After the step function signal has been transmitted down line 17 it is reflected back. The reflected wave is sampled by sampling scope l9 and a typical presentation is shown on the curve identified as reflected wave received at A. If the end (point C) of line 17 is shorted the step function signal will be reflected back at an opposite polarity as illustrated by the solid line and will be received at the sampling scope at the time 2!, If the end (point C) of line 17 is open the step function signal will be reflected back at the same polarity as illustrated by the dotted line and will be received by the sampling scope at the time 2: If there is a variation in impedance in line 17, for example, a decrease in impedance at point B, then there will be a reflected wave from point B which will be received by the sampling scope at time 2n. By analysis of the curves viewed at the sampling scope, the nature of the impedance drop and the characteristics of line 17 may be computed. This is a very complex procedure and is further complicated because the leading edge of the step function signal includes a large frequency spectrum. Part of the procedure is to measure the slope and shape of the curves and resolve them by complex empirical relationships.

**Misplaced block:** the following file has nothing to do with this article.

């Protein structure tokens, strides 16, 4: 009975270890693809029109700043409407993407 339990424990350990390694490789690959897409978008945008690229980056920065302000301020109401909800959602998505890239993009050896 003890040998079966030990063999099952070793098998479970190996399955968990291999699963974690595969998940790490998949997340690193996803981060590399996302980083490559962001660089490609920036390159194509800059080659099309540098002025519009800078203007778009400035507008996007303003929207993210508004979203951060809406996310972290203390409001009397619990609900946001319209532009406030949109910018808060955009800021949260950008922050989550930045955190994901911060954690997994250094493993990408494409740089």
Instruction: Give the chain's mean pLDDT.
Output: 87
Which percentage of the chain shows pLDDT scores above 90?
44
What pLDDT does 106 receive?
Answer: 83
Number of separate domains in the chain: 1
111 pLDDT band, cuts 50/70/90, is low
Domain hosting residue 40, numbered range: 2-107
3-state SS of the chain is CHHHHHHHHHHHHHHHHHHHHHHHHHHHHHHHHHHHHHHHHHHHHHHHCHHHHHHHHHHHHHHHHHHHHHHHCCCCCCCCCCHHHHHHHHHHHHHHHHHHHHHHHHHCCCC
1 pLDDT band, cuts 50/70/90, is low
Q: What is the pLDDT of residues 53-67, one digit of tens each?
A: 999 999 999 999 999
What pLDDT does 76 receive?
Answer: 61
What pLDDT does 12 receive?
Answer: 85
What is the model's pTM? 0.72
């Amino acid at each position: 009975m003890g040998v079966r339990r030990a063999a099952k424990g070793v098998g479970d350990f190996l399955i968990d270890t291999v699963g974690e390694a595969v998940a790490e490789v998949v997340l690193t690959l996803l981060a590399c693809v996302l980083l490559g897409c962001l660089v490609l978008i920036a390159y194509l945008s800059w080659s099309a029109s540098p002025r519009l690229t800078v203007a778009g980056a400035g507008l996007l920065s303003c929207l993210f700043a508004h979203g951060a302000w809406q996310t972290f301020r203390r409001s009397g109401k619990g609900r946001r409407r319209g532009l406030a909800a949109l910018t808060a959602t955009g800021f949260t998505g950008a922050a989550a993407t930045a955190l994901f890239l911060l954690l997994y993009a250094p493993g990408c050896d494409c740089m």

In FIG. 2 is illustrated a block diagram of the present invention. The step function generator 11 generates a step function signal that is transmitted down coaxial lines l3, l4 and I5 and down coaxial line 17 which is the line under test. Coaxial lines 13, I4 and 15 are very short lines and may be only coaxial fittings and therefore do not introduce a measurable time delay factor. Coaxial line 17 is the line under test and is often quite long and will introduce time delays that are easily measurable. Line 15 connects sampling scope 19 to the output of step function generator II and to the input of line l7. The end of test line 17 is connected to the input of a short coaxial cable or fitting 21 the output of which is connected to the input of sinusoid impedance anomoly device 23. The output of device 23 may be either shorted, open or have an impedance as provided by device 25 and as hereinafter explained in connection with the description of FIG. 3.